The input: a binary tree and a list $L$ of vertices in that tree.
The output: a sublist of $L$ of minimal length that has the same lowest common ancestor as $L$. If there is several sublists of minimal length it is OK to output any one of them.
We could just check all the possible sublists of $L$ but that seems inefficient.
Is there an algorithm for this problem whose running time grows polynomially with respect to the length of $L$?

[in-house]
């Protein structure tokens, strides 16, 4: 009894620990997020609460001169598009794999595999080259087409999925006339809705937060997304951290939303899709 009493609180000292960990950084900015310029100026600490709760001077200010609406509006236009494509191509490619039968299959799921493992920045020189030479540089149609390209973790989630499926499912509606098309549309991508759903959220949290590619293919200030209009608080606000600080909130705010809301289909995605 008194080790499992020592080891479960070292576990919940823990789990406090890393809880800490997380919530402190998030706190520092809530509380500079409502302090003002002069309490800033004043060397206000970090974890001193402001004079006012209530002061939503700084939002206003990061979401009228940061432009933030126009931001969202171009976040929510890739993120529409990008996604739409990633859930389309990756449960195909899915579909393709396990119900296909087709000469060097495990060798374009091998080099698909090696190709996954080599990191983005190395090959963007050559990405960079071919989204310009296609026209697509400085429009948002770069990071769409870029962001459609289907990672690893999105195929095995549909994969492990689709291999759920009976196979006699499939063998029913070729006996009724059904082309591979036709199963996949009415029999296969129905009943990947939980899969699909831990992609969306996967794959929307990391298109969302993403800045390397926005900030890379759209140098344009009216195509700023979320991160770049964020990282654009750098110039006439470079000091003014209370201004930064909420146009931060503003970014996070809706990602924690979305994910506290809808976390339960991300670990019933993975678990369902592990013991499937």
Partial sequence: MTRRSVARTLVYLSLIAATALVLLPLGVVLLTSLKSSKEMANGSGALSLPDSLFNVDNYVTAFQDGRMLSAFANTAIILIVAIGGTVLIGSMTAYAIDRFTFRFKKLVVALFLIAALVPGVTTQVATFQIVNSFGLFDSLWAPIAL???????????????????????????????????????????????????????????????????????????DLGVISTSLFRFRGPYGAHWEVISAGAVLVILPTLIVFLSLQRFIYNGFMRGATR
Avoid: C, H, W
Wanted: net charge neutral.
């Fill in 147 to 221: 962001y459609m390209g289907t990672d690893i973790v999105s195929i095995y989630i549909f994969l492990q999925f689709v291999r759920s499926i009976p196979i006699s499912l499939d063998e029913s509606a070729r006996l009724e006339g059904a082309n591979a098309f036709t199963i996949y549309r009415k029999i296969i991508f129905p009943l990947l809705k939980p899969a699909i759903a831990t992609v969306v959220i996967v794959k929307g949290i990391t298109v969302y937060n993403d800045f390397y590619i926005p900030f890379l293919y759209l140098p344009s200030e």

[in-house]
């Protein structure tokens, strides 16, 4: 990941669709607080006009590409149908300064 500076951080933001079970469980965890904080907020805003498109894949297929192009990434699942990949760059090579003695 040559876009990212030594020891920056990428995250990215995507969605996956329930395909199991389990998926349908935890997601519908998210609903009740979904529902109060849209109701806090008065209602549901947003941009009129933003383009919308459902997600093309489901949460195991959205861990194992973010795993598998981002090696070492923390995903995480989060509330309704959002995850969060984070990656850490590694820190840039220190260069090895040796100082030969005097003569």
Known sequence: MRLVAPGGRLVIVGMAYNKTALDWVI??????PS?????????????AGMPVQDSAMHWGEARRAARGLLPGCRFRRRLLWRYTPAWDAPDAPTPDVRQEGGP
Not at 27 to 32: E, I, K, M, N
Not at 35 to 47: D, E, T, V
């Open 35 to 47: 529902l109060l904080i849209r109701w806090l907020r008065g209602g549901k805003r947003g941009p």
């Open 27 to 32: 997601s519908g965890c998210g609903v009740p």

One idea that doesn't work is checking for each vertex in $L$ whether removing it changes the lowest common ancestor and then simply removing the "useless" vertices. If it worked the running time would be linear.
Another idea that might work but I haven't verified in detail is to pick one vertex removing which doesn't change the lowest common ancestor, then remove it and again pick one vertex etc. This has a quadratic time.